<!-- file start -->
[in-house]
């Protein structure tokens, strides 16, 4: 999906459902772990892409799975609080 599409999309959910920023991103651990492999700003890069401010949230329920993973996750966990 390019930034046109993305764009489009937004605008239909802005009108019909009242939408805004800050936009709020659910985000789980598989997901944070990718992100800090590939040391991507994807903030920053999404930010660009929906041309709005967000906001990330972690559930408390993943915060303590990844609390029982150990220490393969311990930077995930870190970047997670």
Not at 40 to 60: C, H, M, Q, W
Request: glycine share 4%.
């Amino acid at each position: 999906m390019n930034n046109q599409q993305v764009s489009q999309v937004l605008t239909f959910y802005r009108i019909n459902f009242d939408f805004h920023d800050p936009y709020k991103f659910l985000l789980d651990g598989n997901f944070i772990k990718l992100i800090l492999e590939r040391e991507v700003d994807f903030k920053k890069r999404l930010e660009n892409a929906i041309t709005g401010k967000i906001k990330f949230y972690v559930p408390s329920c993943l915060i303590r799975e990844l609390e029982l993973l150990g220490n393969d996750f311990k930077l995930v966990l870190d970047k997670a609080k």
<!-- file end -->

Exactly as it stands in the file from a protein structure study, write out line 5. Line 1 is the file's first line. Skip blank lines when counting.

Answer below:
């Amino acid at each position: 999906m390019n930034n046109q599409q993305v764009s489009q999309v937004l605008t239909f959910y802005r009108i019909n459902f009242d939408f805004h920023d800050p936009y709020k991103f659910l985000l789980d651990g598989n997901f944070i772990k990718l992100i800090l492999e590939r040391e991507v700003d994807f903030k920053k890069r999404l930010e660009n892409a929906i041309t709005g401010k967000i906001k990330f949230y972690v559930p408390s329920c993943l915060i303590r799975e990844l609390e029982l993973l150990g220490n393969d996750f311990k930077l995930v966990l870190d970047k997670a609080k």